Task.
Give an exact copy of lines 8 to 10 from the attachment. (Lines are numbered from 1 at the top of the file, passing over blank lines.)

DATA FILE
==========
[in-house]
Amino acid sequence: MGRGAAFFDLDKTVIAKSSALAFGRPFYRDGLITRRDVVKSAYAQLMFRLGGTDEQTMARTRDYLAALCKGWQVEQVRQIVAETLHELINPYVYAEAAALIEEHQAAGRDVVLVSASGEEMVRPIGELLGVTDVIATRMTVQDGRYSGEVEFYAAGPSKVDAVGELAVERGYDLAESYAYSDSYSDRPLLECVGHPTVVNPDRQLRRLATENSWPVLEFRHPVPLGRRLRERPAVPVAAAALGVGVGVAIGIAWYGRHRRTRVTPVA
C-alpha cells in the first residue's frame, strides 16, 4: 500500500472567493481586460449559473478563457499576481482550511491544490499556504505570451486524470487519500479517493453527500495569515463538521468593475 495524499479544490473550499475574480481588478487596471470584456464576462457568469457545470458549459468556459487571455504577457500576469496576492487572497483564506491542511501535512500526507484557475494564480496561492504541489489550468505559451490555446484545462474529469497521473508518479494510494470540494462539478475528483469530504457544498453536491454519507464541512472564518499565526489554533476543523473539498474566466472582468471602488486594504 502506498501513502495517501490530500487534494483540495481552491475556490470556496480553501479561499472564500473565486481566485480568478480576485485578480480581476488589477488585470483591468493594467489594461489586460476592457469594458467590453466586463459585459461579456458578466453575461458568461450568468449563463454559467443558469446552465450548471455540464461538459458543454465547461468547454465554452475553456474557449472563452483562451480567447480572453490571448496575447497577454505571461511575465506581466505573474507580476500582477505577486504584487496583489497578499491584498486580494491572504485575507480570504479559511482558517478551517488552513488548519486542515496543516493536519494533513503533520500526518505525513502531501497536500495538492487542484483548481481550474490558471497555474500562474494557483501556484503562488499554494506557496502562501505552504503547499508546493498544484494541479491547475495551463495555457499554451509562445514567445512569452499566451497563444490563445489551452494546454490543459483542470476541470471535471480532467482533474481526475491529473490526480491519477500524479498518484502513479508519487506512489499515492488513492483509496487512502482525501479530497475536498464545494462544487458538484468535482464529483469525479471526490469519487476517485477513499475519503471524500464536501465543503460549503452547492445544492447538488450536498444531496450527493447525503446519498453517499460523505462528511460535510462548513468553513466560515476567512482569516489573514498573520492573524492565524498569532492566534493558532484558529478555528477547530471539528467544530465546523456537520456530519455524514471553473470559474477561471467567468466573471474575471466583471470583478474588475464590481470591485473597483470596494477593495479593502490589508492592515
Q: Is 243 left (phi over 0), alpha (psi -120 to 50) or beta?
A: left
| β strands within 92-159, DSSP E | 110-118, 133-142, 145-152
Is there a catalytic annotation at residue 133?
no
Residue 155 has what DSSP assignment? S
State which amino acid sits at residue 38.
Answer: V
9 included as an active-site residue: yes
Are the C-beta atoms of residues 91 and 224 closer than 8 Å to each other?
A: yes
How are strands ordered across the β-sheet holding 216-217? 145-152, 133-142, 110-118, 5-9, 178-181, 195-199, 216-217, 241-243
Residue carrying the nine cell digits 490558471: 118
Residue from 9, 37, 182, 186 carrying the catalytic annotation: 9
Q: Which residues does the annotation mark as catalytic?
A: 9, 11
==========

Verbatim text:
no
Residue 155 has what DSSP assignment? S
State which amino acid sits at residue 38.